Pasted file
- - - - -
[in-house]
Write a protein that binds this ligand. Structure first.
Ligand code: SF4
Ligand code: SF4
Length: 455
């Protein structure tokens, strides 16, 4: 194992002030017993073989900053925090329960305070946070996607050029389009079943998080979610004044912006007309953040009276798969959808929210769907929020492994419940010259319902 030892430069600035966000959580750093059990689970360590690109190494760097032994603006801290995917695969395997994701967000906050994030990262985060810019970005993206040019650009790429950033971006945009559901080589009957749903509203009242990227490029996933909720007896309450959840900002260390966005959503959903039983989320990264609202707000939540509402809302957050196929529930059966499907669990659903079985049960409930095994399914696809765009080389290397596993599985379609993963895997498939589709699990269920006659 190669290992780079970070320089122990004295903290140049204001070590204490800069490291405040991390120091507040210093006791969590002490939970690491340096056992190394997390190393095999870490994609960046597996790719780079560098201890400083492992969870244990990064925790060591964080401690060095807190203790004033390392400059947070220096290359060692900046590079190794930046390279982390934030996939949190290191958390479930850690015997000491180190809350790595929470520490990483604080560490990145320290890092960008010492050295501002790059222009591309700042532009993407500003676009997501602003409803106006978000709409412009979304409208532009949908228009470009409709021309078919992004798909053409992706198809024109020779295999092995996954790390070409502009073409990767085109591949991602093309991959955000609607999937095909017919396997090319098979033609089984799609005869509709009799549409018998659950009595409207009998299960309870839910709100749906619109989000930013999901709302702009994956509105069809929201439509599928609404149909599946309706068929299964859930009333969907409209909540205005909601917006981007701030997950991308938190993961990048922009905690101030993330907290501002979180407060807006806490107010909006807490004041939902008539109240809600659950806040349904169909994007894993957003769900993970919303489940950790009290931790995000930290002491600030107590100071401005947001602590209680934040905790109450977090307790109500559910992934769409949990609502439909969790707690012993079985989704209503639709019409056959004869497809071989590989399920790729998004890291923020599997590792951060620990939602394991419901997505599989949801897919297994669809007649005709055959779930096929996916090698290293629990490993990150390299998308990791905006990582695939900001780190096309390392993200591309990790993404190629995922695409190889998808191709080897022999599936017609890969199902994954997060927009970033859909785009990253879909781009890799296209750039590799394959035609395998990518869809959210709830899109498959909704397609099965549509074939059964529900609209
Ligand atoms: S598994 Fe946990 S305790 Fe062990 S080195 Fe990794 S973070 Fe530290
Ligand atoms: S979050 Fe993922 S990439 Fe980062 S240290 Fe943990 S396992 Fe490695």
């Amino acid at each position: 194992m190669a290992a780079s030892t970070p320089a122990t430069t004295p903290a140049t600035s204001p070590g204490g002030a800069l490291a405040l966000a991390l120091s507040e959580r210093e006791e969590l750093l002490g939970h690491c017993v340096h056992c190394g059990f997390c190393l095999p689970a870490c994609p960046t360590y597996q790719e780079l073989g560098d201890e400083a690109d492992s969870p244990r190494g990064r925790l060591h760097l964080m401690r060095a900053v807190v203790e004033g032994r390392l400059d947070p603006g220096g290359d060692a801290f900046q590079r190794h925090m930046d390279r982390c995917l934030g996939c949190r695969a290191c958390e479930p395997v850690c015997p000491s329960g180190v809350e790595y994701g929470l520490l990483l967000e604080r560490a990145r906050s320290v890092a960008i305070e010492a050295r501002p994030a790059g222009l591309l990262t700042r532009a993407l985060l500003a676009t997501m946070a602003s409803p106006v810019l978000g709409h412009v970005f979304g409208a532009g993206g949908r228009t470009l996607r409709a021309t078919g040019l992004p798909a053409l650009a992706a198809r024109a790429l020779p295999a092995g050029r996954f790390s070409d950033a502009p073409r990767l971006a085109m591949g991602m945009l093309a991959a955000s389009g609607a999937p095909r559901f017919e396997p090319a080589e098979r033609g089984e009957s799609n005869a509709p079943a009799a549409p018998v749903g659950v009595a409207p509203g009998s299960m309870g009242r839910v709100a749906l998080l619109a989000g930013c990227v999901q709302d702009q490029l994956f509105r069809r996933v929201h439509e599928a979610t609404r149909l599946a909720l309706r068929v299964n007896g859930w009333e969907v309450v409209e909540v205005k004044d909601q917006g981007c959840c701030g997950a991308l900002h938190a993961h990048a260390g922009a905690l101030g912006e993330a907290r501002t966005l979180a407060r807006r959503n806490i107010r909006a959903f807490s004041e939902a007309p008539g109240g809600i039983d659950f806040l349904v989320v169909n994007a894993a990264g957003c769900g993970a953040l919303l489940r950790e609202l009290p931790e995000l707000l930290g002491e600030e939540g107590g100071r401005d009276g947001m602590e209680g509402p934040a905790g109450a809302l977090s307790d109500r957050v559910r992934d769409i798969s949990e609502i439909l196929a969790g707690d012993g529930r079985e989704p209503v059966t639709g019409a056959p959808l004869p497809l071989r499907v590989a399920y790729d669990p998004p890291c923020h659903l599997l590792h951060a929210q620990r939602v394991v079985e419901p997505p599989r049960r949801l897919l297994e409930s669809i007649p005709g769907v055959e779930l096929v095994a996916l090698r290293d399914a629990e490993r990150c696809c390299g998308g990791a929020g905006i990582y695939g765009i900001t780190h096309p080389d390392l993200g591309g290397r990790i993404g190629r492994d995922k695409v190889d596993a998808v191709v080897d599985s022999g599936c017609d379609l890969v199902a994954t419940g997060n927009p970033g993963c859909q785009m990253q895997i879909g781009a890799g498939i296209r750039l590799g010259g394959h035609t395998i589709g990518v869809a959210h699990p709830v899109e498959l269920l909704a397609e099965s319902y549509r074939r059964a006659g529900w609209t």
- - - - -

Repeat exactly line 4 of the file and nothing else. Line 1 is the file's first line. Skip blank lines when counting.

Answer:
Ligand code: SF4